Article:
A Collision of Movements?

Friday, 16th March 2007 at 15:40 UTC 1 comment

I’m quite a fan of the idea of a Movement of Movements, hence my dissertation is basically all about it.  The idea being that most progressive/leftist movements eventually tie together as one big movement for a better world.  As an old Seattle protest slogan “Teamsters and Turtles Unite” reminds me, these days totally different causes can often trace connections between themselves.

But today, I’m finding myself tugged between the teamsters on one hand and the ‘turtles’ on the other, because Airbus are about to cut 10,000 jobs.  This is terrible news for manufacturing and engineering, except that the job cuts an aspect of otherwise good news: plane orders are down.  Why is this good? Because the less planes there are, the less people can fly.  Environment 1 – Workers 0: Unity between diverse movements – forget it.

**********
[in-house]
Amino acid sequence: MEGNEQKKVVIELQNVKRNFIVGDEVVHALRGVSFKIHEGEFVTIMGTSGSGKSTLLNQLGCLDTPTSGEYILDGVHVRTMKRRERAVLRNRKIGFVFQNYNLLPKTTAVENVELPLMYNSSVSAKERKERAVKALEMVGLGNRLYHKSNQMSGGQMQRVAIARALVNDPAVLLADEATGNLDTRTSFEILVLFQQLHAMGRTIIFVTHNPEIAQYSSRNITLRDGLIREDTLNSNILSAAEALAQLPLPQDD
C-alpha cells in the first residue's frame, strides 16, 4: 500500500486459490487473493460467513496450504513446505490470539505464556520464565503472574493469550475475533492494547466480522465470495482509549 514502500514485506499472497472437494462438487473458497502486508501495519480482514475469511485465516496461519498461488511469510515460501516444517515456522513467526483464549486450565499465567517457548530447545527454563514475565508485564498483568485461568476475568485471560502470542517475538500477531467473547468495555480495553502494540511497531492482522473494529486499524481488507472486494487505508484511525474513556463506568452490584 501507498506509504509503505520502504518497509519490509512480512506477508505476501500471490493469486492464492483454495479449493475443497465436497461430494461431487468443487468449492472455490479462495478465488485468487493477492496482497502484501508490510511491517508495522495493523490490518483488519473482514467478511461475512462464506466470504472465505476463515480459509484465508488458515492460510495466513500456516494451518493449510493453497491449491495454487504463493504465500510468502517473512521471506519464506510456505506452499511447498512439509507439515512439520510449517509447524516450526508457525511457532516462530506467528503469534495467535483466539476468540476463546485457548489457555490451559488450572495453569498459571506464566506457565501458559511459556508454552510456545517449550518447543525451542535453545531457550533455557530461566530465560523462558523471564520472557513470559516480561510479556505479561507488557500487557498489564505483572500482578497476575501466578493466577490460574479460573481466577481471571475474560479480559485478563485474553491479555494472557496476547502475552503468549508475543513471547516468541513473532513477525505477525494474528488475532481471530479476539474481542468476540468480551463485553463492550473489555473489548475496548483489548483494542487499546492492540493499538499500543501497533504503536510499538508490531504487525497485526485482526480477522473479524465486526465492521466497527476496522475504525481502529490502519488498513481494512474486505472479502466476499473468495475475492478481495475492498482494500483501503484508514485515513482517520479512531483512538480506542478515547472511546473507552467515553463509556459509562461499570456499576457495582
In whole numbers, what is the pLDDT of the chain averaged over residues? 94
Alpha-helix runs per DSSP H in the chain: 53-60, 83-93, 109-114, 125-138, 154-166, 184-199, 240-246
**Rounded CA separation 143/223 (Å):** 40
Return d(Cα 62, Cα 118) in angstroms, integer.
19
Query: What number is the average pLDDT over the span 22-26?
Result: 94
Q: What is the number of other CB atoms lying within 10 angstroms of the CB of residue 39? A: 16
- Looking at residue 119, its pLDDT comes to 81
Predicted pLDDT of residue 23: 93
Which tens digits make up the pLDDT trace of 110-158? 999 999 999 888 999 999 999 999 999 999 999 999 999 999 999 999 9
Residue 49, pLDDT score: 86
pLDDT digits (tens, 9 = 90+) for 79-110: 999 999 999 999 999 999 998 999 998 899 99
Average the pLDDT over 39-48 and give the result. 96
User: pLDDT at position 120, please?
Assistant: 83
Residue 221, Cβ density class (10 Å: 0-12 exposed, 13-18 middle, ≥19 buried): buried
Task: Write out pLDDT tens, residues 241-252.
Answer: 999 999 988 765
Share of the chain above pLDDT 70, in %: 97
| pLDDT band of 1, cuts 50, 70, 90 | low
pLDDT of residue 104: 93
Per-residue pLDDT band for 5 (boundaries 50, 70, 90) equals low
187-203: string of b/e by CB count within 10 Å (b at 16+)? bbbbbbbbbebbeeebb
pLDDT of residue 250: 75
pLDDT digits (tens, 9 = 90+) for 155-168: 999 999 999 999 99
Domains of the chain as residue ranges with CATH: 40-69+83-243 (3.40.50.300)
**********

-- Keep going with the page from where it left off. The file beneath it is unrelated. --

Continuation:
I guess you could say that this is tough luck for the workers, who are victims to capitalism, or that we should be finding them new jobs (this I agree with), but it still creates a situation where I naturally want to support workers despite the immense damage their jobs will cause to the environment.  How can ‘we’ win when such collisions of interests arise?


Entry filed under: Activism, Economics, Environment, Workers.

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1 Comment Add your own

  • 1. Jonathan  |  Saturday, 17th March 2007 at 12:02 UTC

    question: is the shutting of this plant the result of problems with the company possibly leading to its collapse? or – as is more likely – the company needs to cut a few costs and the workers are the first to go?

    I see it the same as striking workers in any other industry. for as long as capitalism exists I support peoples’ struggles to improve their lives.

    I don’t need to support Tesco to support people striking for better pay there – how is this different?


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